Nobody says thea-tuh anymore. Not even people my age. Maybe grandma when she’s making fun of someone or has had a tipple too many.

So I won’t say that David Marcus works in the thea-tuh (as well as being a correspondent for The Federalist and publishing elsewhere, like the NYTimes occasionally.)

I’ll just say he runs a thee-tur company in Brooklyn apparently, and has an interesting take on Pennsylvania’s 18th District Special Election this Tuesday. The one in which Connor Lamb narrowly appears to have beaten Rick Saccone, the GOP’s disappointing candidate.

While the GOP and the media in general are anguishing, or delighting themselves, over the possibility of a Big Blue Wave in the coming mid-term elections, Marcus points out quite reasonably that the Democrat party has to decide what kind of platform they’re going to run on this fall.

  • Hard-left identity politics? Or …
  • Moderate and centrist policies like those held by Connor Lamb?

That would include pro-life positions or at least, in Lamb’s case, a stance that identifies as pro-life while accepting the left’s idea that Planned Parenthood should continue to receive funding from taxpayers. That’s not very pro-life, but it’s a ways to the center from what appears to be Democrat orthodoxy that claims abortions as healthcare. That also includes knowing how to handle an AR-15, something more than a few of us can’t lay claim to, but that Connor Lamb can, and he showed voters that he did on video for his campaign..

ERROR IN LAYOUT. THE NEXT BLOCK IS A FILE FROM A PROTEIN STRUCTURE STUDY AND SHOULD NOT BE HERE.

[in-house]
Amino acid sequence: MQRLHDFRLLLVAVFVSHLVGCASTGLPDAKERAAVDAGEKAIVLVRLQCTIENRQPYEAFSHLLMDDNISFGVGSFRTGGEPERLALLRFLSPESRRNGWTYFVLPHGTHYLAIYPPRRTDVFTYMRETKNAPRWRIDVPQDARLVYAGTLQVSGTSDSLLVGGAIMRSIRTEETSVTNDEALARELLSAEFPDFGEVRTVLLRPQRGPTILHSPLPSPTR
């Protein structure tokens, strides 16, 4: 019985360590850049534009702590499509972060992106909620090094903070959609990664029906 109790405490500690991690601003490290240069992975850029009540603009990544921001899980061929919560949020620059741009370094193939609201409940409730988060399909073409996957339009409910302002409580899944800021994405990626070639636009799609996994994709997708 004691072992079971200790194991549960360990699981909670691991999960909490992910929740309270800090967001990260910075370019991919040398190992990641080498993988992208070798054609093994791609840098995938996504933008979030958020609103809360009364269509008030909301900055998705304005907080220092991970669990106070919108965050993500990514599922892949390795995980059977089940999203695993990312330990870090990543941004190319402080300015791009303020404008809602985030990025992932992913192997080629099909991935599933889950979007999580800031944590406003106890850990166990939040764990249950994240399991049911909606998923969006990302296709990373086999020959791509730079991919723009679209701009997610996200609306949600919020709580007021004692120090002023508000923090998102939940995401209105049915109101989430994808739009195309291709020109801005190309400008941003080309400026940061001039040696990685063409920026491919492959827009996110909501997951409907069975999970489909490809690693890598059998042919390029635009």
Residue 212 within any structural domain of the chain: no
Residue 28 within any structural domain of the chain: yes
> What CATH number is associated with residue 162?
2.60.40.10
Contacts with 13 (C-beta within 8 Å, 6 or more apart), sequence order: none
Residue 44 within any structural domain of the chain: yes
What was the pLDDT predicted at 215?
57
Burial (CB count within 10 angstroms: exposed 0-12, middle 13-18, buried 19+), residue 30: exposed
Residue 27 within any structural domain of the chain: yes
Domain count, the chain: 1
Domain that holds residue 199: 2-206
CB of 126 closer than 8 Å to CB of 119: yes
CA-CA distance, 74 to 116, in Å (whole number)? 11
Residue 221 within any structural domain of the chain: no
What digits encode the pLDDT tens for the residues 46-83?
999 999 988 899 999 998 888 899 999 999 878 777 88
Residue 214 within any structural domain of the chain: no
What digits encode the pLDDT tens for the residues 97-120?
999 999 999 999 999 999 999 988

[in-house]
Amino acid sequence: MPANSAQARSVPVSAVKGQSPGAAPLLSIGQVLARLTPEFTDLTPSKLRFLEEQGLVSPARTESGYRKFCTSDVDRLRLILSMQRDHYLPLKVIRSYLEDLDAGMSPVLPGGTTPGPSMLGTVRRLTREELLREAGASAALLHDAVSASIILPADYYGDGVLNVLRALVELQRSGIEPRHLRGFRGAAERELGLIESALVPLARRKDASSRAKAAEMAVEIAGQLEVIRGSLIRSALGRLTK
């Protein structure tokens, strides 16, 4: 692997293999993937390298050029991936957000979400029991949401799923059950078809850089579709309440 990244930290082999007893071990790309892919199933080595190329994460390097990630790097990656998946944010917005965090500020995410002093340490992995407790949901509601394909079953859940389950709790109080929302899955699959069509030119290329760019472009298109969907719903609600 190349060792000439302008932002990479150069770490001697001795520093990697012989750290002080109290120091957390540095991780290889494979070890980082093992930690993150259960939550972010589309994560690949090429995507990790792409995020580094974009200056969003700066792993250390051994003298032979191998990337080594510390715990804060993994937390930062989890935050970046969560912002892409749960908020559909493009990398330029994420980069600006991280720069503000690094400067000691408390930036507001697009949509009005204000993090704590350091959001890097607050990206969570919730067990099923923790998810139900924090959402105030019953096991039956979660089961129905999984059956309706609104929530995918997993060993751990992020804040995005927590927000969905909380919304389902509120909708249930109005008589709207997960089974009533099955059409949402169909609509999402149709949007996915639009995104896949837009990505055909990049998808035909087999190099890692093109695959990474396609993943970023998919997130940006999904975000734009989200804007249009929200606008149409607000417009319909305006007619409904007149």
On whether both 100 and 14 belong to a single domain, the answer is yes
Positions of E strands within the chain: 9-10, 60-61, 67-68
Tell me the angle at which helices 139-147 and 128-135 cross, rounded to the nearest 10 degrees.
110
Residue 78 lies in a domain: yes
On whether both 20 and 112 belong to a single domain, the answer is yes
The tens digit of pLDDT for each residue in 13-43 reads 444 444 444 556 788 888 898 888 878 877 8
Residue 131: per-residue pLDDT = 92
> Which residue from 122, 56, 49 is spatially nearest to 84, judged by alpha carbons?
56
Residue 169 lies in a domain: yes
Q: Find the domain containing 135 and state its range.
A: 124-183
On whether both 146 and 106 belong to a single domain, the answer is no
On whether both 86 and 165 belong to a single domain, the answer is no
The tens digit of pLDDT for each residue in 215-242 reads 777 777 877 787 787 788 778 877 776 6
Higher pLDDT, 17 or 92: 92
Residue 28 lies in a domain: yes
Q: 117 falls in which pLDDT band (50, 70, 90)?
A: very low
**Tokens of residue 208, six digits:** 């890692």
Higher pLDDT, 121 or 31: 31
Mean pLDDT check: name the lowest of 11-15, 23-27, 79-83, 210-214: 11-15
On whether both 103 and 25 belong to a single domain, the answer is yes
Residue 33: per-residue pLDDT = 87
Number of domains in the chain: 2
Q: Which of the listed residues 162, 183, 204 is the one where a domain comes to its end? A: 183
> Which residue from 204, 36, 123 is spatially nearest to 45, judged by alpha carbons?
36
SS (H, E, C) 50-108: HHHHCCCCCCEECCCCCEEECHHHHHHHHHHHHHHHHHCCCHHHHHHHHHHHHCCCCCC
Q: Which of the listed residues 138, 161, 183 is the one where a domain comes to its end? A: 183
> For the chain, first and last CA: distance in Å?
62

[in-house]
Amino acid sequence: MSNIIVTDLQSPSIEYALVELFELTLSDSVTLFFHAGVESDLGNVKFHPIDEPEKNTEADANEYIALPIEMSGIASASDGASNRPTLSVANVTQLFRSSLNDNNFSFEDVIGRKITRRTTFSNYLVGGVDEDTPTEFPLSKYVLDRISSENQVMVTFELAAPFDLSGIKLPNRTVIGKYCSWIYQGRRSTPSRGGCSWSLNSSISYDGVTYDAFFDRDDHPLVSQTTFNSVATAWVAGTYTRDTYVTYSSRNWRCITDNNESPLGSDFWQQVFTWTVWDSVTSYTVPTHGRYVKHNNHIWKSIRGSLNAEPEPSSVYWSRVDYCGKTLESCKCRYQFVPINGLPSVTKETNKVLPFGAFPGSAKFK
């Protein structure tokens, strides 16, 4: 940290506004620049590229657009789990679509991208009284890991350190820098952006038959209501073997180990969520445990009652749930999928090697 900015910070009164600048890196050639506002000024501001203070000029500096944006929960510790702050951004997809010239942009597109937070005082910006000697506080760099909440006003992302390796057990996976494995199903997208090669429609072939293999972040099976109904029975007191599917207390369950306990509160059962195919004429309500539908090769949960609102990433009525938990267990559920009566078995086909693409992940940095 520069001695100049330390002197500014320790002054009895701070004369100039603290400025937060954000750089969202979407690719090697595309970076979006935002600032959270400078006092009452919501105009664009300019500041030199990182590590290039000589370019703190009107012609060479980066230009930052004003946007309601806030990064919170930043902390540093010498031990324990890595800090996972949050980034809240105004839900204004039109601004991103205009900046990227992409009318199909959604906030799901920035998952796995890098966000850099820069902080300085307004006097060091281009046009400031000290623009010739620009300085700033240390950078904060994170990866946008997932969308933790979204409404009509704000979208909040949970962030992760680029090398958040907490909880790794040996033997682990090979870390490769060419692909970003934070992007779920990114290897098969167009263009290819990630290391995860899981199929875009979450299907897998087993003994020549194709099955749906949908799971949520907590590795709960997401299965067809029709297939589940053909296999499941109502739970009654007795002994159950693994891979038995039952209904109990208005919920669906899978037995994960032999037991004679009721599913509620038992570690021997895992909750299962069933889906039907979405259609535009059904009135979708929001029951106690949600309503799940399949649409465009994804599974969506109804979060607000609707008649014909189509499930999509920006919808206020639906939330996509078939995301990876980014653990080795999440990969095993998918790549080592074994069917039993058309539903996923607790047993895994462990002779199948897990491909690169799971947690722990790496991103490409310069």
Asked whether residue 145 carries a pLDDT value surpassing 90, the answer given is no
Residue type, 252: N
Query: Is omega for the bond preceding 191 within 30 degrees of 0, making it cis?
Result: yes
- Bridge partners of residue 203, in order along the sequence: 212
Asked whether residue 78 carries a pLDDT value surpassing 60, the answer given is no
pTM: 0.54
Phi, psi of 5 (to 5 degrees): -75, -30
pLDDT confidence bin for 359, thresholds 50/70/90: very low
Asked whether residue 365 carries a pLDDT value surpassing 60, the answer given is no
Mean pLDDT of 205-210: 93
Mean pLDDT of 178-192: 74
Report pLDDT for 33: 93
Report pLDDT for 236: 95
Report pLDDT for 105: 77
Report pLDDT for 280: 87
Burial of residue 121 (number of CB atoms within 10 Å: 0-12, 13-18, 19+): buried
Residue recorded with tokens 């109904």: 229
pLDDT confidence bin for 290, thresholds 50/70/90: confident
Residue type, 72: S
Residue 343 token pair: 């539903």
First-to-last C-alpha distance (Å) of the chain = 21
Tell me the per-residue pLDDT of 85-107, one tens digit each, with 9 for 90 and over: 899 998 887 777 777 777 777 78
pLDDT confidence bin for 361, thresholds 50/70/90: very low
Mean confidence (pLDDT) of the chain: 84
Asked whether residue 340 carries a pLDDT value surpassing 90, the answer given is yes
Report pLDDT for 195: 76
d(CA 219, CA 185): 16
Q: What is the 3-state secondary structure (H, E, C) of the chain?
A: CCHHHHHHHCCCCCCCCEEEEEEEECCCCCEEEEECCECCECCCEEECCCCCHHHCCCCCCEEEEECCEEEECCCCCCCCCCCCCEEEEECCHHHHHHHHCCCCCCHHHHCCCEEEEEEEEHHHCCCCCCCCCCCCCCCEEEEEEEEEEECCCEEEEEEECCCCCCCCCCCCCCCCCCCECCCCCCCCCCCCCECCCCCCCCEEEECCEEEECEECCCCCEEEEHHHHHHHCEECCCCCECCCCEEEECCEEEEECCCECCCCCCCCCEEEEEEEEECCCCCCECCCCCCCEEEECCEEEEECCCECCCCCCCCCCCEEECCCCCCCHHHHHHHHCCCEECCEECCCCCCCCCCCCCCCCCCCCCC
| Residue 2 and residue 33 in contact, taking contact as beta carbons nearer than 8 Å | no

So after all the celebrating by progressives and left-leaning media over the victory of a pro-life and not-gun-phobic candidate in Western Pennsylvania, the question then becomes: will candidates like Connor Lamb be the exception to Democrats’ campaign for the mid-terms? Operating at the margins and only praised when they win an election and then shut down by party leaders the rest of the time? Or will the Democrat Party grudgingly accept that in many districts which they want to flip, radical candidates will not do the job?

Right now that question has been pushed to the background amid all the gloating over how supposedly Trumpism only works for Trump and maybe no longer even that. It’s all about how Trump undercuts candidates and has staked his presidency on mistaken candidates in Alabama and now Pennsylvania. Yes, the GOP is being roiled every week by President Trump, but the divisions on the other side are real and do matter. They will matter even more if Democrats take back either or both Houses of Congress.

The Democrats have to decide if they will continue to ignore large swaths of America that they are openly hostile towards under their current progressive leadership. And who Hillary continues to blame for her loss in 2016, to such an extent that many in her party truly and heartily wish she would shut up.

So let the celebrations continue over a district that will be re-drawn and which Connor Lamb will have to contest once again. Who and what the Democrats are is just as much a question as who and what the Republicans are.

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